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And the argument and evidence he provides is what?

Seems very true in my opinion. I've always excelled at math, essentially have a bachelors in mathematics, etc etc. My weakness has always been getting the details of the "basic" math correct.

Higher math is about logic, abstractions and applying them to solve problems. Basic math is about holding bits of information in your head and manipulating them accurately. I absolutely believe that basic math taxes your working memory system more than advanced math does.

I just skimmed Outliers book by Malcom Gladwell. One of the things author discusses are differences in number systems in different cultures. He argues (in fact quoting Stanislas Dehaene [1]), that in eastern languages number words are shorter and faster to pronounce. Thus, you can hold more of them at a time in memory (short term memory is very time sensitive). You could say that you dont really need to 'pronounce' stuff to make mental operations, still they have sensory form (be it visual, auditory,...), so argument holds.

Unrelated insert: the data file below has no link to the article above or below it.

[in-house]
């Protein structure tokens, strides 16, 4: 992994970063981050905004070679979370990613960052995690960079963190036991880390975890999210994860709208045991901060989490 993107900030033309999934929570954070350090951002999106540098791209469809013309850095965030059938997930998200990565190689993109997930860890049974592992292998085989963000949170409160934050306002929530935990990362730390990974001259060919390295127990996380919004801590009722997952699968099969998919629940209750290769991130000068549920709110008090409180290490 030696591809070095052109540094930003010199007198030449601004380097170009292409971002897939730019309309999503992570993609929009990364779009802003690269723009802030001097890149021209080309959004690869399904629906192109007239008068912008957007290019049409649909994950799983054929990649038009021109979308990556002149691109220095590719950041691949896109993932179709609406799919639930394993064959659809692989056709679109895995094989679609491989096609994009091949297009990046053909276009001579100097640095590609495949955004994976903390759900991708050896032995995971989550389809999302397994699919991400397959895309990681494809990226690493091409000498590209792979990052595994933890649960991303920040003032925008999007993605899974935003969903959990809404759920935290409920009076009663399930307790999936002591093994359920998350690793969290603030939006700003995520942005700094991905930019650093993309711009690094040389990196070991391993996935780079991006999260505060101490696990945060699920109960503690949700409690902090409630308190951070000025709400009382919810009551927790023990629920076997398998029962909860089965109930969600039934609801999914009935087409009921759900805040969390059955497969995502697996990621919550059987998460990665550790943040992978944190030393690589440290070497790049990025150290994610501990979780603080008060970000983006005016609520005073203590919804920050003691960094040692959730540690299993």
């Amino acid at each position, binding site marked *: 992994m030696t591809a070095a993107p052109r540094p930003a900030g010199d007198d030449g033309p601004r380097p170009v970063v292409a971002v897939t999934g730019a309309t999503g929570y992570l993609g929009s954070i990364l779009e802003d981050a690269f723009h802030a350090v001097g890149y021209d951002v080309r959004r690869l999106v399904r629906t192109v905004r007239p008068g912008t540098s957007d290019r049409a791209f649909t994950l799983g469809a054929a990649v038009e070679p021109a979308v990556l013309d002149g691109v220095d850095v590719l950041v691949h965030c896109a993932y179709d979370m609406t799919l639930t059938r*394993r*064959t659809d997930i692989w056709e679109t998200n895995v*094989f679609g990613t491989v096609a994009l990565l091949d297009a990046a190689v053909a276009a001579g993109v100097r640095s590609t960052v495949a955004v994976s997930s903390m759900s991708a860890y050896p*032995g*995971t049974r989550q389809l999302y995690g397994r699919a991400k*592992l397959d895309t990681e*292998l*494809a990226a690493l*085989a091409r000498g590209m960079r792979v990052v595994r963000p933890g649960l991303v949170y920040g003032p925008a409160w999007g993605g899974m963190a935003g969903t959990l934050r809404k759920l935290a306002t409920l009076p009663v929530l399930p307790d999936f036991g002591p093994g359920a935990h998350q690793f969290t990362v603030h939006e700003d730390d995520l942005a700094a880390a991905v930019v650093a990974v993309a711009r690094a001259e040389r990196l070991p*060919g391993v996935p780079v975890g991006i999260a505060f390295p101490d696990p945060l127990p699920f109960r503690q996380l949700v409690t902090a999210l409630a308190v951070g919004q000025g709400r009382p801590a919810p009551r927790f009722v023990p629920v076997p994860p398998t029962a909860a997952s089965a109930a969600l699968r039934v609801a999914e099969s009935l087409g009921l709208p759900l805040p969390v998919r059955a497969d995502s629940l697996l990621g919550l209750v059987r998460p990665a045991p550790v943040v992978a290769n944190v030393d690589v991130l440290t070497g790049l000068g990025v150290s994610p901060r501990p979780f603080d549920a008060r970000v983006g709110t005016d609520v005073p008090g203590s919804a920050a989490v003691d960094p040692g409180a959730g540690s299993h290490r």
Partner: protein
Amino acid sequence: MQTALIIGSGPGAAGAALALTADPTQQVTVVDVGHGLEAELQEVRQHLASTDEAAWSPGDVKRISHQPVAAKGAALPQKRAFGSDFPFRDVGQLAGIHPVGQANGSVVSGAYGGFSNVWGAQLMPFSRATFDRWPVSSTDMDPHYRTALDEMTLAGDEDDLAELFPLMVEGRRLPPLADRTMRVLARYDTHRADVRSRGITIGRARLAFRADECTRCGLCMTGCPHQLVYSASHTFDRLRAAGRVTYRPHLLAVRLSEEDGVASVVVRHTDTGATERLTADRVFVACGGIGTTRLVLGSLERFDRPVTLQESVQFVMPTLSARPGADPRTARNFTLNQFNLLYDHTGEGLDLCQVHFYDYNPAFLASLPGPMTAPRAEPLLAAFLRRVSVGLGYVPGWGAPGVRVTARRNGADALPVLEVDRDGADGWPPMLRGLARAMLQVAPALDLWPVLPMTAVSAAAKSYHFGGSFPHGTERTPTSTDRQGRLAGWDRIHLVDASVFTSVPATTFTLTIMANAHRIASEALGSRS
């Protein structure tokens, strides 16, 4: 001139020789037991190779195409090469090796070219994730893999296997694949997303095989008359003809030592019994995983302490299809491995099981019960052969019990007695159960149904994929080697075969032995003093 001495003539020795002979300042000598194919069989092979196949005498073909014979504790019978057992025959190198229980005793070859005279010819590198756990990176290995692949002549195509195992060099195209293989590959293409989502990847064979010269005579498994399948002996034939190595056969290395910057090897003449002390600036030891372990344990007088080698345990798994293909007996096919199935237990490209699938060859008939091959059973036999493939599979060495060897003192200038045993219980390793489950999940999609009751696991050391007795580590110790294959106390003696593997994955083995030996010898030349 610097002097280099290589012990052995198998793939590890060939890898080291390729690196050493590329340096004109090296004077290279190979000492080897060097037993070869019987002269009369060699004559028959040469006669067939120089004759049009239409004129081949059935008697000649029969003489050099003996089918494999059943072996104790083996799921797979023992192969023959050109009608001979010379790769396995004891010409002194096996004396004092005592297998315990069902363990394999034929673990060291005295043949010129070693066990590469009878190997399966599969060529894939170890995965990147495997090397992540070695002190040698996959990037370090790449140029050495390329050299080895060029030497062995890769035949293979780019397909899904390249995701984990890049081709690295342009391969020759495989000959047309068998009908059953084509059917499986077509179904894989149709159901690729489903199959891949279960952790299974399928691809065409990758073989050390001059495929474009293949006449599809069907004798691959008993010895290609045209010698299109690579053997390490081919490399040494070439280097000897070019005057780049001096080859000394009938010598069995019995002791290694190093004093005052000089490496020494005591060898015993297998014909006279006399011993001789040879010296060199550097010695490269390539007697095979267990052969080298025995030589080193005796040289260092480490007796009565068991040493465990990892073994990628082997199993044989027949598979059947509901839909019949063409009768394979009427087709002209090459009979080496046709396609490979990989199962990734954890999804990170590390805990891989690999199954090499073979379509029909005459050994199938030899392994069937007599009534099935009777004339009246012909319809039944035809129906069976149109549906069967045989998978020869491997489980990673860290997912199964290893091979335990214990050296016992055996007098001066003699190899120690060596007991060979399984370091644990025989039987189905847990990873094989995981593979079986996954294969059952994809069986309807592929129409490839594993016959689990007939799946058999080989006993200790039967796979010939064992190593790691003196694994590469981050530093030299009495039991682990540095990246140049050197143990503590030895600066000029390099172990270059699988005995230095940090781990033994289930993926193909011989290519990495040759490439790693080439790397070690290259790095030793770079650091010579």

He also brings up the issue of regularity of eastern number systems making it much easier to do calculations in these languages - to an extent that it gives eastern children real advantage in math. Developmentally speaking.


Sounds very true in my experience. This is one of the reasons why naming (in programming and everything else) is so crucial: good naming directly influences how easily one can mentally manipulate the objects in question. This is another reason why mathematicians work so hard to create concise abstractions.

I'll have to take a look at that book, sounds fascinating. Thanks.

I do not have that book with me now but he provides brain scans in the experiments he conducted, most of the book is just exercises (math equations , stroop color and word recall)

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